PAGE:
With Petra Kvitova, Lucie Safarova, Ekaterina Makarova and Angelique Kerber all in the Top 10 this week, at No.2, No.7, No.8 and No.10, respectively, it's an historic week for left-handers on the WTA.
It's the first time in WTA Rankings history that four lefties are in the Top 10 together.
With Makarova joining Kvitova and Kerber in the Top 10 in January, this year was already historic - it had been 32 years since three lefties were in the Top 10 together, the last time that happened being the Australian Open fortnight in January 1983 (Martina Navratilova, Sylvia Hanika and Barbara Potter).
Two of the current foursome, Makarova and Kerber, squared off in an all-lefty battle in Stuttgart this year (highlights above) and they both talked about how it feels to play against a fellow Southpaw.
"For sure it's different to play against a lefty because you're practicing and playing most of the time with right-handers," Kerber said that day. "The serve is much different, and hitting the returns, too, so for sure it is much different. But that's why I made sure I warmed up with another lefty this morning!"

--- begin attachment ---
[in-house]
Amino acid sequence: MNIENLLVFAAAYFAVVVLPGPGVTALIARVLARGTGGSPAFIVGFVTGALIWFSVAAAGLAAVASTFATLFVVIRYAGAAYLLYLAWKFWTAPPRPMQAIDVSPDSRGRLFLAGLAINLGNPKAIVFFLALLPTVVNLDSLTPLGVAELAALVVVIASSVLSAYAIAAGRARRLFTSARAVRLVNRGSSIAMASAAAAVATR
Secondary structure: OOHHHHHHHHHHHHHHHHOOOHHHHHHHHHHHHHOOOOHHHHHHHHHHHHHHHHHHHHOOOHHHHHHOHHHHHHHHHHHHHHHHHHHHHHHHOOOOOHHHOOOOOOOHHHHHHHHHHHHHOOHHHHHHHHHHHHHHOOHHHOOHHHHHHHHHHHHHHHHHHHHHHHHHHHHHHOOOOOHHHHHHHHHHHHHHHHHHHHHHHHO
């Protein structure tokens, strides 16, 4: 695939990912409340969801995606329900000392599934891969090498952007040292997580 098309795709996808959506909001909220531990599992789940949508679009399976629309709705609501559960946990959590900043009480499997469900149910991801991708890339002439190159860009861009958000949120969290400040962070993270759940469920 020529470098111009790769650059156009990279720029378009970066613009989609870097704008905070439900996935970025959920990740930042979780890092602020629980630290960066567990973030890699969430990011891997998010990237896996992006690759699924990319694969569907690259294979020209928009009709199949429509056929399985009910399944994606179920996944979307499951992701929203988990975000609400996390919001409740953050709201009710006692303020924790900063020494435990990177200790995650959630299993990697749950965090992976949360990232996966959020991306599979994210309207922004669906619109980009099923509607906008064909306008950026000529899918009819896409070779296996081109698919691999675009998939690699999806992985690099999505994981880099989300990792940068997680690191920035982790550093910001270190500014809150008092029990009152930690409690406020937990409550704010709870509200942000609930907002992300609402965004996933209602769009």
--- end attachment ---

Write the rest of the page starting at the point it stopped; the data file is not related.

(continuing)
"It's unusual, and a little bit uncomfortable for us," Makarova said. "Sometimes I think about how I'd play from the other side so I can maybe predict what kinds of shots are going to come to my side."
With these four in the Top 10 now, playing lefties on the tour might not be so unusual anymore. But a fifth lefty in the Top 10 might not happen too soon - the next-highest-ranked lefty is No.37 in the world.
WTA Rankings began the week of November 3, 1975, with WTA legend Chris Evert as the first No.1.
Here are a few more random facts about left-handers on the WTA:
Left-Handed Grand Slam Finalists:
Only lefty to beat Serena at a Grand Slam: